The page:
A Sunday Morning in Adult Brooklyn

Around 5:30AM, the sun peeks out from beyond the Verazano Bridge to greet Adult Brooklyn.

By 6AM, the soccer dads and moms are running in tandem down Atlantic Avenue until they reach the Brooklyn Waterfront. From there, they run along the shores of the East River, a vista of Downtown Manhattan flanking them to the Northeast, until they reach the Ample Hills Creamery on the threshold of DUMBO. At which point they turn around and go back the other way, likely stopping at Swallow Cafe on Atlantic for a Matcha before returning to their brownstone to wake the children.

By 7AM, a line has formed in front of Court Street bagels that stretches down the block. Those that don’t feel like waiting head to Shelsky’s at the corner of Atlantic or Mile End Deli on Hoyt. The Grub Hub and Seamless bikers fly up and down the sidewalks on their motorized bicycles, delivering breakfast to houses with “Black Lives Matter” signs in the windows.

At 8AM, at the corner of Hoyt and Atlantic, shopkeepers begin to arrange tables and chairs on the barricaded street in anticipation of the breakfast and brunch crowd. Parents walk their children to Boerum Park and watch them play on the jungle gym while they read the New Yorker on their mobile phone. A few blocks away, new police officers relieve the night shift in front of the Gowanus public housing project.

By 9AM a new line has formed—this time outside the Trader Joe’s on the corner of Court and Atlantic. The 35-and-up crowd holding their reusable shopping bags try to tame their children as they await the opportunity to shop for reasonably priced foodstuffs. Up the street from Trader Joe’s is a third line—this one for the COVID-19 testing center, which is frequented by anxious parents who are already triple-vaxxed.

Negative test result in hand, they may head next door to the Stumptown Coffee Rosters—which still isn’t allowing people to sit inside for some reason—before heading to Equinox or Chelsea Piers Fitness for a pilates class and a schvitz in the sauna.

By 10AM, adults who are caffeinated and exercised peruse the boutique shops aligning Court and Smith Streets. The options are staggering: overpriced throw blankets at Collyer’s Mansion, interesting prints made from artists who live in the outer boroughs at Sterling Place, antique furniture restored and sold at an extreme markup at Cabin Modern, and designer clothing at the unfortunately named Haus of Hanz. There’s also the option to visit the Invisible Dog Art Center on Bergen Street, where vendors who typically sell their wares on Etsy meet IRL to sell moms and dads “Tax the Rich” baby onesies and overpriced salt lamps. Across the street the homeless emerge from the Bergen Street Subway stop and barter with the Dunkin Donuts workers for a free cup of coffee.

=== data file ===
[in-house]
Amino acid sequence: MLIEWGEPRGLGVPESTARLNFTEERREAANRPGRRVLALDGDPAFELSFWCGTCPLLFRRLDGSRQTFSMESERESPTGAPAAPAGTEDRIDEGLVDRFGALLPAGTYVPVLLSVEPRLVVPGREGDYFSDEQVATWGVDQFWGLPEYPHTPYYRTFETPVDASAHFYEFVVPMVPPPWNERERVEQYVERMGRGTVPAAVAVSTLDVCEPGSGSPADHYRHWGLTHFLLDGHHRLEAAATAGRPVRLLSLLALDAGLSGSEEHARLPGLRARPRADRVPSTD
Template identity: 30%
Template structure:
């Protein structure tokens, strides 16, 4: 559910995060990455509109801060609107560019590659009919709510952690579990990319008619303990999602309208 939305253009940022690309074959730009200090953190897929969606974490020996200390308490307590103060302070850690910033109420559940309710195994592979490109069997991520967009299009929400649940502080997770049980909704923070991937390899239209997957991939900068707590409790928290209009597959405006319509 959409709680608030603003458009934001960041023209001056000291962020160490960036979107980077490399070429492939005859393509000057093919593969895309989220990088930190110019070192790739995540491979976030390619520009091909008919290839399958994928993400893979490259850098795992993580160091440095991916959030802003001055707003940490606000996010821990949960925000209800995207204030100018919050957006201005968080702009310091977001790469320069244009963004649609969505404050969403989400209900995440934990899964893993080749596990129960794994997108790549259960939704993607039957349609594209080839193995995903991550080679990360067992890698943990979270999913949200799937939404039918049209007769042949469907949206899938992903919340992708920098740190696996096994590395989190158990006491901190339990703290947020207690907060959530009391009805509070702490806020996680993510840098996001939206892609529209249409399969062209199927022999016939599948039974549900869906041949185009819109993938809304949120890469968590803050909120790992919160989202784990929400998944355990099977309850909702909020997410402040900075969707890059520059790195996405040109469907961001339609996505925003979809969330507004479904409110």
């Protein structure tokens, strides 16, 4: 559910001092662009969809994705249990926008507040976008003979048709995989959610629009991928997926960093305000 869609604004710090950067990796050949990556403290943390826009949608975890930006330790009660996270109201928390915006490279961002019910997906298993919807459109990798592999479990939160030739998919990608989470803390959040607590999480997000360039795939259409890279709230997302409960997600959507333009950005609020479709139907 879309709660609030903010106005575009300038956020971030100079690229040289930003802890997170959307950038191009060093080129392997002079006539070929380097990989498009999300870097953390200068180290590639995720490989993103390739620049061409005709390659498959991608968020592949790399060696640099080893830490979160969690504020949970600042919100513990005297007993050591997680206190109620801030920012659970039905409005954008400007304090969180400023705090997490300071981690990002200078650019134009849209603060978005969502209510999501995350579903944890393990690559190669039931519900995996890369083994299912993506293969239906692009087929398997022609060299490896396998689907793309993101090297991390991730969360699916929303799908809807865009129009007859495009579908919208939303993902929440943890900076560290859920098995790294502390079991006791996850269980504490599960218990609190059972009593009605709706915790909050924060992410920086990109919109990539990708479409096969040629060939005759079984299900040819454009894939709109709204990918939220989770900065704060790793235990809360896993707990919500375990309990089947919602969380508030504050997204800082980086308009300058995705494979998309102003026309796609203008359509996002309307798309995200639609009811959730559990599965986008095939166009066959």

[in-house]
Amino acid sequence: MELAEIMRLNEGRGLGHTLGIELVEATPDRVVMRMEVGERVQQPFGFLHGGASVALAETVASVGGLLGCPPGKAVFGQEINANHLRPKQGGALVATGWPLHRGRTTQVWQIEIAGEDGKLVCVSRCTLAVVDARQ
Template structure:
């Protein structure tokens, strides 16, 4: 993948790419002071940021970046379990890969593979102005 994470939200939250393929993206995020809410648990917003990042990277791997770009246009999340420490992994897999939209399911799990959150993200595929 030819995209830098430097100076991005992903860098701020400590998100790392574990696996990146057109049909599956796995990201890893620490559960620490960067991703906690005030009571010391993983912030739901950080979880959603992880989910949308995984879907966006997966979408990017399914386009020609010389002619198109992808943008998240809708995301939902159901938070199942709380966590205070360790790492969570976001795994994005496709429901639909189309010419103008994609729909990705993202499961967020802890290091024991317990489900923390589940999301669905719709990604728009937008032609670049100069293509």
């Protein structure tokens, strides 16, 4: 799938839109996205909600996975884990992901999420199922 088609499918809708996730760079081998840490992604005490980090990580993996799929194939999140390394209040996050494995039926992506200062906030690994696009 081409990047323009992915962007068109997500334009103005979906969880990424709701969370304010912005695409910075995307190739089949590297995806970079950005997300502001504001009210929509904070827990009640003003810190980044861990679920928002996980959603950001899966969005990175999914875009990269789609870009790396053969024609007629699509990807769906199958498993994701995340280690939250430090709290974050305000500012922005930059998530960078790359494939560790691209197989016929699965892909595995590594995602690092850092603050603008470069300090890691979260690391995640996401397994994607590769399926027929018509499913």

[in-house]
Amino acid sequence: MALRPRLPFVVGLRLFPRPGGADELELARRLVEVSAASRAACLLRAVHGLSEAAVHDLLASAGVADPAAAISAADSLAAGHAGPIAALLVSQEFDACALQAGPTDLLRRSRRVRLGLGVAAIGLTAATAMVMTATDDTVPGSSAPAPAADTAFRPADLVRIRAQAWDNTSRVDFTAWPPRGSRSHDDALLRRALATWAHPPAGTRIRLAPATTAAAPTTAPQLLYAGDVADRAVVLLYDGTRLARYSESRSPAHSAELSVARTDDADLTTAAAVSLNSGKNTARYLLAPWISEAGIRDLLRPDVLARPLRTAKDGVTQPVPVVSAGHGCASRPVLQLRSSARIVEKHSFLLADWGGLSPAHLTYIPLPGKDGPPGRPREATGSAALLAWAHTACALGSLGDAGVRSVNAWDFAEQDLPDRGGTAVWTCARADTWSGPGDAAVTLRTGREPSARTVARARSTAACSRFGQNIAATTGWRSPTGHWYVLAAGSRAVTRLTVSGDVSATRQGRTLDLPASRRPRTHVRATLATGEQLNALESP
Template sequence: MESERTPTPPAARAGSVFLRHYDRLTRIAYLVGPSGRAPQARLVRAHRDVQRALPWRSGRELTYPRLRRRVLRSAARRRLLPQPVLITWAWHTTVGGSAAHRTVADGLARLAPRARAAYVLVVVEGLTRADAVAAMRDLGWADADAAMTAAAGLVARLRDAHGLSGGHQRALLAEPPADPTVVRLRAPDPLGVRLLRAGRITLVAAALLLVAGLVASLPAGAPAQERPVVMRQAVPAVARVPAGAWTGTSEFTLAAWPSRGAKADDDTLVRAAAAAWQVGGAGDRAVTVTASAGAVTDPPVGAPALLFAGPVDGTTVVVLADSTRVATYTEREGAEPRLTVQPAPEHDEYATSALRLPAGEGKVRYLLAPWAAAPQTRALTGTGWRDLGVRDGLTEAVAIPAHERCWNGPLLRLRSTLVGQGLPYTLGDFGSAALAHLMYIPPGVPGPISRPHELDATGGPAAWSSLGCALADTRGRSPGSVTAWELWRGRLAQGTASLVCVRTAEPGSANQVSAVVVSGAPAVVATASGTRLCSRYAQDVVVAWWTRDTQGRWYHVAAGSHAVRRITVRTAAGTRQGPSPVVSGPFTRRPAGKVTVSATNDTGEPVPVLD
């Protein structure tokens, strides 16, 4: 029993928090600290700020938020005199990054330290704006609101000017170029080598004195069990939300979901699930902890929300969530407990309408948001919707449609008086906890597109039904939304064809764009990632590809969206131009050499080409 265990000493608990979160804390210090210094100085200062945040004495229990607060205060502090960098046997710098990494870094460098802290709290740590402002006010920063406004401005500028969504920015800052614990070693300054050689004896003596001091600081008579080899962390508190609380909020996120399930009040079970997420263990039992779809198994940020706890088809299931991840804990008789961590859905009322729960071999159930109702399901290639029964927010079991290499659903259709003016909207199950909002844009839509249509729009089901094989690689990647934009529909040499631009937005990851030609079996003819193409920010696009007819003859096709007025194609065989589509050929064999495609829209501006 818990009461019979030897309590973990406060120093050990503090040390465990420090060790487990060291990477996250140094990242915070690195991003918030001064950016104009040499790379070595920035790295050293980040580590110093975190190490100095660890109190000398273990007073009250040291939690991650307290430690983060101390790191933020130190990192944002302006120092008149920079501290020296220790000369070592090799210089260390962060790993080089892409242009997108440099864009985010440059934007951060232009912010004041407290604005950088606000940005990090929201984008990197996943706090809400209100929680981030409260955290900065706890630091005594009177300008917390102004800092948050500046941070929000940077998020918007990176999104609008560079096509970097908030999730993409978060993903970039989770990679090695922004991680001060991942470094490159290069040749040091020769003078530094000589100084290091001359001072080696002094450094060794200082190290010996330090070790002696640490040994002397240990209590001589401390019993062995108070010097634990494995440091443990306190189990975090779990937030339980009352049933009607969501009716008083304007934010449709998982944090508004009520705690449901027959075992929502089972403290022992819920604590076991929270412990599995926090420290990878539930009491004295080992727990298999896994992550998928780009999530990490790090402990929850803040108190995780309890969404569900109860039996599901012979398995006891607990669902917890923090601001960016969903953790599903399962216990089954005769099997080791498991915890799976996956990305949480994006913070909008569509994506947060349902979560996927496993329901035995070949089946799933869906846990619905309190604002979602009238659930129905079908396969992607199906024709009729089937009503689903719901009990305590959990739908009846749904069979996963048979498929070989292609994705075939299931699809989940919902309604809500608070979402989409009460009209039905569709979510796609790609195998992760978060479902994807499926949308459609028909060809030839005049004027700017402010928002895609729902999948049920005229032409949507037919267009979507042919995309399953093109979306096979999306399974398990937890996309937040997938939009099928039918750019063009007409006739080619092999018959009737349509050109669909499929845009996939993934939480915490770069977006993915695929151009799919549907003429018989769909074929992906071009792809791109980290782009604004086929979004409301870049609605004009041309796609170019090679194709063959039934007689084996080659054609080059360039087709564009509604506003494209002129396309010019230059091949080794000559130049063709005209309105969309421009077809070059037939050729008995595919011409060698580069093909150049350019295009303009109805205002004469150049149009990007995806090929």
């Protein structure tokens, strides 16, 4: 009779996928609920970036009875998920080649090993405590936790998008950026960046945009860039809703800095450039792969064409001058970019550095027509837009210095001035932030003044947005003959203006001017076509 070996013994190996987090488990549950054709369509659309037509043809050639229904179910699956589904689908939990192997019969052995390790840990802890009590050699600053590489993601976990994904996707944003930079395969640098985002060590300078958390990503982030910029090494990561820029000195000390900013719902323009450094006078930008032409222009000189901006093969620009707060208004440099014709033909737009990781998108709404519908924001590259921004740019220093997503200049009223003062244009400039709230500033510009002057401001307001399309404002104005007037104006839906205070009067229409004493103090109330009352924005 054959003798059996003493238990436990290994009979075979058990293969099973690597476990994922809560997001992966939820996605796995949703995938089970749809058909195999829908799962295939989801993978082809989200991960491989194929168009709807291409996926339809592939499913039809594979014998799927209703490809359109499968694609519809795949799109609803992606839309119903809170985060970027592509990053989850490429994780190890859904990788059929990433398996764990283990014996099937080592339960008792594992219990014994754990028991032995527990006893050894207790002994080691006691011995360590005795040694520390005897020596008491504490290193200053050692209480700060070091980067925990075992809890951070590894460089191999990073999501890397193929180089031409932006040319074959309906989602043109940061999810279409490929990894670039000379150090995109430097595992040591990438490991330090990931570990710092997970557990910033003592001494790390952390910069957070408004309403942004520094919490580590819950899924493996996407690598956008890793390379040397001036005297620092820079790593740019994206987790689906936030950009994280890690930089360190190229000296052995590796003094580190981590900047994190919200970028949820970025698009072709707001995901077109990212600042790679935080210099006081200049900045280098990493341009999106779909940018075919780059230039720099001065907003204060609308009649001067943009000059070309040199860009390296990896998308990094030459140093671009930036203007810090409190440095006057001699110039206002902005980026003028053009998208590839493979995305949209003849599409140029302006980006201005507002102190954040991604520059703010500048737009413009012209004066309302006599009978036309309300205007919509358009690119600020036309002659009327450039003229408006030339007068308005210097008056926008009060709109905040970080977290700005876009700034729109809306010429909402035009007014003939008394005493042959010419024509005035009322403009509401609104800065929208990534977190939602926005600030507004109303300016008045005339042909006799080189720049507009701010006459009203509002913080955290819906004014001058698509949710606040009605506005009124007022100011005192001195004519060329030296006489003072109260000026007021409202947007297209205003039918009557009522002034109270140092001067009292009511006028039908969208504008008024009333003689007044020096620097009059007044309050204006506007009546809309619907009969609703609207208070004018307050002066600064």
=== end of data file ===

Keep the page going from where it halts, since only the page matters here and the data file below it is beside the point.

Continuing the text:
A few blocks over at the Trek store, dads in skintight cycling outfits tune up their $5,000 bikes in preparation for a 5-mile bikeride across the Brooklyn Bridge and back. The “Books Are Magic” store further down Smith begins to fill in with the Carroll Gardens crowd clad in tortoiseshell glasses and fedoras.

By 11AM I may wake up, go downstairs, and pay $4.50 for a cold brew at Absolute Coffee. I pick a charming tree-lined street to walk down, and greet the pure breed dogs trotting unleashed a few paces ahead of their owners. I ask a friend to meet for brunch, but they say they’d rather meet in Williamsburg. I say Boerum Hill is a lot cooler than people give it credit for as I walk past a scholastic book fair being held outside the Cobble Hill Success Academy charter school.

No takers on brunch, I decide to head out to the Promenade in Brooklyn Heights. I walk down Atlantic past the expensive brunch spots, the store that only sells camping equipment, the florist that once charged me $50 for a bouquet, the pizzeria that once charged me $85 for two pies, the 3-4 nursery schools, the 2 dog ice cream parlors, and the bars that all close at 11PM.

The Promenade is truly beautiful. As is the waterfront, the brownstones, the tree-lined side streets, and the babies being pushed along in strollers. “A lovely neighborhood” I think to myself as I head to the subway to take me far away.

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